A lot of commenters seem to be hung up on my choice of using Text::xSV to parse the data. Here, then, is the version without using any external modules:

#!/usr/bin/perl

use strict; use warnings;

my %fields = (
    email => 17,
    contactme => 27,
    skutitle => 34,
);

my @to_contact;

while ( my $line = <> ) {
    chomp $line;
    my @row = split /\t/, $line;

    my %record;
    @record{ keys %fields } = (@row)[values %fields];

    for my $v ( values %record ) {
        $v =~ s/^"//;
        $v =~ s/"\z//;
    }

    $record{contactme}
        and push @to_contact, \%record;
}

@to_contact = sort {
    $a->{skutitle} cmp $b->{skutitle}
} @to_contact;

for my $record ( @to_contact ) {
    print join("\t", @{ $record }{ qw(skutitle contactme email) }), "\n";
}

And, of course, if you want to reinforce Perl is line noise

#!/usr/bin/perl -n
@r=map{s/"//g;$_}(split/\t/)[34,27,17];
print join("\t",@r[0,2])."\n" if $r[1];

or

#!/usr/bin/perl -naF\t
@F=map{s/"//g;$_}@F[34,17,27];$F[1
]and print join("\t",@F[0,2])."\n"

19 comments:

  1. why not just use perl ?

    use Modern::Perl;

    my @fields =
    ( [ email => 17 ]
    , [ contactme => 27 ]
    , [ skutitle => 34 ]
    );

    my @field_names = map { $$_[0] } @fields;
    my @field_numbers = map { $$_[1] } @fields;

    say join "\t",@$_{ @field_names }
    for
    sort { $$a{skutitle} cmp $$b{skutitle} }
    map {
    chomp;
    my %member;
    @member{ @field_names }
    = (split /\t/)[ @field_numbers ]
    ;
    $member{contactme} ? \%member : ()
    } <>

    eiro@github

    ReplyDelete
  2. in the first code
    push(@contactRecords, [$$r[$SKUTITLE], $$r[$CONTACTME], $$r[$EMAIL]]);

    could be written as

    push @contactRecords, [ @$r[$SKUTITLE, $CONTACTME, $EMAIL] ];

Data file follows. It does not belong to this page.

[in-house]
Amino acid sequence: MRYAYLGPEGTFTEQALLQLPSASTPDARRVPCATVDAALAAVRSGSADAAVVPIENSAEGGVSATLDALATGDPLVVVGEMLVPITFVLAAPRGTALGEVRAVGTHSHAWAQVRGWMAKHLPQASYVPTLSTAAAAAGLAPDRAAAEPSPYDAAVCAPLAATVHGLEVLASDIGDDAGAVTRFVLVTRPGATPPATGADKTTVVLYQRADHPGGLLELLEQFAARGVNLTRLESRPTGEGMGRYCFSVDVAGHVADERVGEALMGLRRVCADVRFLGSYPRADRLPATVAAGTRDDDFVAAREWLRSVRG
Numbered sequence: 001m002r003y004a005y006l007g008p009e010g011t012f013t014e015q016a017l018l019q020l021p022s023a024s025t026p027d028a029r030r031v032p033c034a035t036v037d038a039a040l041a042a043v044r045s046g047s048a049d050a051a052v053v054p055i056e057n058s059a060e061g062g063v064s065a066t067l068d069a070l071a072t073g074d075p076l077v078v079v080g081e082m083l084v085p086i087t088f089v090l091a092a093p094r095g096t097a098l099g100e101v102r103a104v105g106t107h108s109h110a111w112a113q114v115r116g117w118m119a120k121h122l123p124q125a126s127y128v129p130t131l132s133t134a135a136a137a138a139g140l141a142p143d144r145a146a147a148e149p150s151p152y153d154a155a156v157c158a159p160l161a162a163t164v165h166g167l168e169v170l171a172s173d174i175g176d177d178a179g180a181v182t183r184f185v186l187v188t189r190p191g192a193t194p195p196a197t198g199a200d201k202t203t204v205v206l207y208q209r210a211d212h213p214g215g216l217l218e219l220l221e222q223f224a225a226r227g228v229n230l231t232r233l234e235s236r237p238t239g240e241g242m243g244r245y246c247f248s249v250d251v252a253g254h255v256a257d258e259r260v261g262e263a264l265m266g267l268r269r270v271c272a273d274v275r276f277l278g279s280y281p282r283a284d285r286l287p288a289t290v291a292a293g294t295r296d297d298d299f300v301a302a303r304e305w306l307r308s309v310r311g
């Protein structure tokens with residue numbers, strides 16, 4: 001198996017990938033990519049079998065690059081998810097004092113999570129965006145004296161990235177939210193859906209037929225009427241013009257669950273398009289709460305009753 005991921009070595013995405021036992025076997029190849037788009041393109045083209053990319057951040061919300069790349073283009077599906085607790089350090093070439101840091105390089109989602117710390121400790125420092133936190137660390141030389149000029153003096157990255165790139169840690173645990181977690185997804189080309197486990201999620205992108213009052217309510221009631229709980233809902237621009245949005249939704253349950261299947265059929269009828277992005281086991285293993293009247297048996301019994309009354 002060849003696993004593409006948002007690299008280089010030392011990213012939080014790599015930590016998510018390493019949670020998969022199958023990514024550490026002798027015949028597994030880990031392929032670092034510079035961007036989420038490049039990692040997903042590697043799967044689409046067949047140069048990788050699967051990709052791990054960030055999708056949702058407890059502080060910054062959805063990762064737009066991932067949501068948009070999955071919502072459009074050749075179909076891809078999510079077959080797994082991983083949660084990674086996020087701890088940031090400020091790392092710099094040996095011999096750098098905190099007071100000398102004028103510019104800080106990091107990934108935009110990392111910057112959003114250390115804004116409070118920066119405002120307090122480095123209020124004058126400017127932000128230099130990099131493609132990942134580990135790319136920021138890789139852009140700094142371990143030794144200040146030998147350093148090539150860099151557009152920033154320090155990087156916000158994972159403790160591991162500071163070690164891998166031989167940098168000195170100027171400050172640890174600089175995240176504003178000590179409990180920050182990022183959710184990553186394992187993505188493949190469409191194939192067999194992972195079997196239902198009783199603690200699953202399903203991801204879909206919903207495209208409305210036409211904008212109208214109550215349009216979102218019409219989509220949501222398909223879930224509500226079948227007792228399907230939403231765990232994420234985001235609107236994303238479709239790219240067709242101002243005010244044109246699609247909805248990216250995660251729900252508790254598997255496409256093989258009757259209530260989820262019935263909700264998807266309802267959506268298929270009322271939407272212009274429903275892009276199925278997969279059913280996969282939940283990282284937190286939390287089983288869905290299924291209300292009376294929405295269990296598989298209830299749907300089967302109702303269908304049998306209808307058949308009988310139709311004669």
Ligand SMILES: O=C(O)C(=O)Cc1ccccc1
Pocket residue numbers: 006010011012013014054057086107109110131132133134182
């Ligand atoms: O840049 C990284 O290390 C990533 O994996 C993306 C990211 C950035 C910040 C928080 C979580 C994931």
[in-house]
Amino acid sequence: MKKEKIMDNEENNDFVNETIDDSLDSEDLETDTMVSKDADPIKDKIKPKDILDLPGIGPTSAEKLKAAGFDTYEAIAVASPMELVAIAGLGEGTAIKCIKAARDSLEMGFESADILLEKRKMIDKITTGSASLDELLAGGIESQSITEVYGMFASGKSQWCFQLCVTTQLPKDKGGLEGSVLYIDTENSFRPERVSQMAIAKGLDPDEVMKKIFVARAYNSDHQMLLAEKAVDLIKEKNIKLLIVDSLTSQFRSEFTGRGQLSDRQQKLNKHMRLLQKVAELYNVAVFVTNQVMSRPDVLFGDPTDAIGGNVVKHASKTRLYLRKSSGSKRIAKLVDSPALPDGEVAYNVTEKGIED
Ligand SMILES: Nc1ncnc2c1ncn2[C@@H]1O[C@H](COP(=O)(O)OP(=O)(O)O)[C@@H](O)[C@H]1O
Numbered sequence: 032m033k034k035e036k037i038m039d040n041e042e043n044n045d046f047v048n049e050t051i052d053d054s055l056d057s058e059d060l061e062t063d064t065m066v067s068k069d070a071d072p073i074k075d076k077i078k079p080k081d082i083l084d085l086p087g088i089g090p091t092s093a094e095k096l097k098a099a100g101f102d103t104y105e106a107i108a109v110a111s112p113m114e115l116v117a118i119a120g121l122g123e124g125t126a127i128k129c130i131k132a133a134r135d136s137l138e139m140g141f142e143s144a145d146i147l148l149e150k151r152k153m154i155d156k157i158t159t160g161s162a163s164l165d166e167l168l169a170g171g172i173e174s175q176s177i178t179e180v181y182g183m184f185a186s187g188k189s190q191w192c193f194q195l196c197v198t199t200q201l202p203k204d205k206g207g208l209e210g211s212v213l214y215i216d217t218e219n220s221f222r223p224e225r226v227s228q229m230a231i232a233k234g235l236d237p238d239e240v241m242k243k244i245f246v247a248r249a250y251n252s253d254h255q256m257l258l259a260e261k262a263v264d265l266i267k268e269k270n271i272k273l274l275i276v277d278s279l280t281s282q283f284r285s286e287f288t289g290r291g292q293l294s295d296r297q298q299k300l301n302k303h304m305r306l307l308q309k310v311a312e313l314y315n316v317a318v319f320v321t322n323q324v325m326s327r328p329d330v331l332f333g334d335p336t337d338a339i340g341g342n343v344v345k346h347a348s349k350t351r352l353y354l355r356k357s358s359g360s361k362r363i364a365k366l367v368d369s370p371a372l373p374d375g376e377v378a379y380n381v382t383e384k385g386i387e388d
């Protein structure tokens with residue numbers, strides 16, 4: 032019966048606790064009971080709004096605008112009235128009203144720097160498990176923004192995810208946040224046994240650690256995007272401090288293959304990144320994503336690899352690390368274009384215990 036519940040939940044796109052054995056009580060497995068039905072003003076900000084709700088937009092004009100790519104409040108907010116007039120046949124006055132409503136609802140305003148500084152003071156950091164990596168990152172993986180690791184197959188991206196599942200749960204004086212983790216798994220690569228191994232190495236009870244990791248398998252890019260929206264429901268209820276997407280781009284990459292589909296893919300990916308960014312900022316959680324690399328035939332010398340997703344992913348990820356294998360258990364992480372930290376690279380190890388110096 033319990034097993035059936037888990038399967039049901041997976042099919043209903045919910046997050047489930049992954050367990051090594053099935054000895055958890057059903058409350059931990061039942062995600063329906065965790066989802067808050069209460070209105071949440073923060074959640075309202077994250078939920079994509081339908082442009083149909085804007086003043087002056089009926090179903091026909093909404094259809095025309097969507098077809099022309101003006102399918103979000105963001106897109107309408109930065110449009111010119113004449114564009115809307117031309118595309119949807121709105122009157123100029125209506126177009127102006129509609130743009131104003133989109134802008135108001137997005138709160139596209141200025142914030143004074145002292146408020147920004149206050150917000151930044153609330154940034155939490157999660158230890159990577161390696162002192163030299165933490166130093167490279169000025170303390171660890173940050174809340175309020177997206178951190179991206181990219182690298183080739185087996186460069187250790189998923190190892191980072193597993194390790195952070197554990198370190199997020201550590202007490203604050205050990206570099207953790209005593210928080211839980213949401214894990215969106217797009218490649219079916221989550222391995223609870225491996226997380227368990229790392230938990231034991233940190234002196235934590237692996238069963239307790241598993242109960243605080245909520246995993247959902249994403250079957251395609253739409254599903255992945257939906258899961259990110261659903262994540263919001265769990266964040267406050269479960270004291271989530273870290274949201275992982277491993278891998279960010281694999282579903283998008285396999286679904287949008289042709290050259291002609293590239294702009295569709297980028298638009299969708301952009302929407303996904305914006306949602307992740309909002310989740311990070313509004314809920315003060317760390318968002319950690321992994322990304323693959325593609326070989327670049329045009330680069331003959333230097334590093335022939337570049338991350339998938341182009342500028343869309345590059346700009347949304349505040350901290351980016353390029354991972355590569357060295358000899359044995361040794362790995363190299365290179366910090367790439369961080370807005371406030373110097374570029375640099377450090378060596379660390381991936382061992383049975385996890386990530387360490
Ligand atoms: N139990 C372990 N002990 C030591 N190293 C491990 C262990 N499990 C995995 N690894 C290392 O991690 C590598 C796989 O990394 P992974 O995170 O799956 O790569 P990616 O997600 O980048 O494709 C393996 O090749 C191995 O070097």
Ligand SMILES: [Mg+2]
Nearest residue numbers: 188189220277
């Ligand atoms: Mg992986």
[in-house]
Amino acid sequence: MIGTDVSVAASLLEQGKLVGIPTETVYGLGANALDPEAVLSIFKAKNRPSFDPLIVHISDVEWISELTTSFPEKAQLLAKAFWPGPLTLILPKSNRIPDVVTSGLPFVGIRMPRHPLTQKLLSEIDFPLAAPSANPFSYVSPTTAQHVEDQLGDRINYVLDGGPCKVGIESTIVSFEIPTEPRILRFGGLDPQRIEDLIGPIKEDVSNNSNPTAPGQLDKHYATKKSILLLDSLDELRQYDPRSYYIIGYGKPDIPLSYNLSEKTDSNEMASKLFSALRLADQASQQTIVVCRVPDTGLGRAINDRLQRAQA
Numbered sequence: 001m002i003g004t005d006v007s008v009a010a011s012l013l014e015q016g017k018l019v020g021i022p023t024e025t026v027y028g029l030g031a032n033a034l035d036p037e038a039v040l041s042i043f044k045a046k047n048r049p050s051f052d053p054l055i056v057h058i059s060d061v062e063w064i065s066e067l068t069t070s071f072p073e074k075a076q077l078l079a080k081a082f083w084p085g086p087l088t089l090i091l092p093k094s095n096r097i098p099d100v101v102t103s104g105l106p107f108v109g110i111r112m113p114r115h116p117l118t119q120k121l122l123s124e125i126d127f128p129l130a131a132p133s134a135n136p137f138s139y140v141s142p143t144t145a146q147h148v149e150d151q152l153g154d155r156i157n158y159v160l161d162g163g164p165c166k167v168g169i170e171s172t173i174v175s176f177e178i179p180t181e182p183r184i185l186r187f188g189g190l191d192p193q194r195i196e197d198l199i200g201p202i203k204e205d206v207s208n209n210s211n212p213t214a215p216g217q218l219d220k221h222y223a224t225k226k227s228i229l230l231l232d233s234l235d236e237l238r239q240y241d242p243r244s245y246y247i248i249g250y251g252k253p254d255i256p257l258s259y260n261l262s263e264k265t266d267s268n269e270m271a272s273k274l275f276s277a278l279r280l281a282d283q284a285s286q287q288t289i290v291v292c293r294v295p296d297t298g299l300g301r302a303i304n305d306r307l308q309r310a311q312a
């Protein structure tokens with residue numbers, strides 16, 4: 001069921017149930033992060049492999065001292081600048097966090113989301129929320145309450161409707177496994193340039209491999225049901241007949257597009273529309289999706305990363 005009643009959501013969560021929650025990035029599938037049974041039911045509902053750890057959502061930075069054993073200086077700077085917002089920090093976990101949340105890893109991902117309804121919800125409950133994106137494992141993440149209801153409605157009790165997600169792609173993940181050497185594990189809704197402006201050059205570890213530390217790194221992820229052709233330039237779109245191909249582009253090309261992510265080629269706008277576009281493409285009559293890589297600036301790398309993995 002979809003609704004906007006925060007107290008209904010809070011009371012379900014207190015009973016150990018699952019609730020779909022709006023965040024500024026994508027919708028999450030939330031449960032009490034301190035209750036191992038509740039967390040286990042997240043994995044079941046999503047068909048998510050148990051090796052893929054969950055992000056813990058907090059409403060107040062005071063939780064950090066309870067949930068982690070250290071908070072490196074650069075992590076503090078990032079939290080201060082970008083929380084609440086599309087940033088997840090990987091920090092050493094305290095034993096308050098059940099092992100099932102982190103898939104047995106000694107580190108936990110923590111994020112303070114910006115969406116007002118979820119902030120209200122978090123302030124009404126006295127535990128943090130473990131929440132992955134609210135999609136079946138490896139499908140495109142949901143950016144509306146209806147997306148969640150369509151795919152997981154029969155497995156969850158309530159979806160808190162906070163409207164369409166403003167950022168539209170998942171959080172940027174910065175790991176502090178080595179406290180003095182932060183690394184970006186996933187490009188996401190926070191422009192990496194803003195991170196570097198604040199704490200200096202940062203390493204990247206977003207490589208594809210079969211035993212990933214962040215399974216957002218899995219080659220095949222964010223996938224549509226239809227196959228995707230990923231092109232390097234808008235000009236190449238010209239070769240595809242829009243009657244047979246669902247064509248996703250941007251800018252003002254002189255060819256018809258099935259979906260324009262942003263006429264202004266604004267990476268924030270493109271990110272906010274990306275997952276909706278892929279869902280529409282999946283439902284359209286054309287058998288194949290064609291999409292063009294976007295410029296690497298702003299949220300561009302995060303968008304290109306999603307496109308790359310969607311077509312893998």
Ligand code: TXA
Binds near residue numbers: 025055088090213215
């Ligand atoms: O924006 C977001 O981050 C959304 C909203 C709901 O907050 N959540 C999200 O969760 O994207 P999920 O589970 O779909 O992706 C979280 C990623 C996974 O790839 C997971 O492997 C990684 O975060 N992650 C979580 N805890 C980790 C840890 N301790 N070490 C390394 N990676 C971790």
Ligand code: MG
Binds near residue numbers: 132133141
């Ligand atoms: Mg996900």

ReplyDelete
  3. Hardly a fair rewrite. The Python and Ruby code only uses the standard library as did the original Perl implementation yet your rewrite in Perl makes use of CPAN modules.

    If you want it to be a fair comparison you should do your rewrite whilst only making use of the Perl standard library.

    You could make the Python code much nicer if you were allowed to use any third party Python code too.

    ReplyDelete
  4. Missing from this is completing the rewrite by clearly rewriting the CSV parsing without punting to CPAN. I'd use three parallel arrays to store the three fields we care about -- again optimizing for memory footprint -- and then do the sort step by sorting an array of index numbers. Still too clever clever to be clear, though.

    A DBD::CSV solution might be the most maintainable, but it certainly isn't much fun.

    ReplyDelete
  5. @niz: I am not interested in language comparisons. As a Perl programmer, CPAN is at my disposal. It might not be fair that Perl programmers have access to such a resource, but we do.

    @david: I did briefly entertain the thought of re-writing the CSV parsing, but "punting" to CPAN results in a much more robust implementation in the face of what passes as TSV files out there.

    The main points are: 1) Do not slurp 2) Eliminate irrelevant records as soon as possible and 3) Make output order of columns easy to change and independent of input column definitions.

    ReplyDelete
  6. Niz,

    Is there some reasonable stable and available set of stuff for Python that you think would help solve this problem? If so I'd be interested in seeing it and learning how hard it is to install it. For example, with cpan I'd just do "cpanm XXX" and that would be it, or better yet, I'd write a Makefile for my application listing those deps and then let the code manage itself. How would a Pythonist approach that?

    ReplyDelete
  7. I think Perl's symbols actually make code easier to read than, say, Python or Java, because it's less regular - hence, less boring.

    Besides, symbols such as "@" pack meaning. They pack abstractions.

    This makes Perl a much more visually-oriented language than others. Or perhaps I should say "thought oriented". It's sort of like Japanese x English. A Japanese reader would argue that the Japanese characters pack more meaning, and can be better traced to their original ideas whereas English is just sound.

    So there's a lot more in Perl than "bad design" (in fact, IMHO, it's very good design). Perl somehow seems to stick in my mind. Python or Java is more like having to learn by rote.

    ReplyDelete
  8. awk 'BEGIN {FS="\t"} ; {print $17\t$27\t$34}'

    Perl still sucks.

    ReplyDelete
  9. The claim in this case is not 'pure perl using only core libraries is hard to read', it is 'actual perl in production environments is hard to read' compared to other languages.

    So of course it's fair to write it like a real professional programmer really would.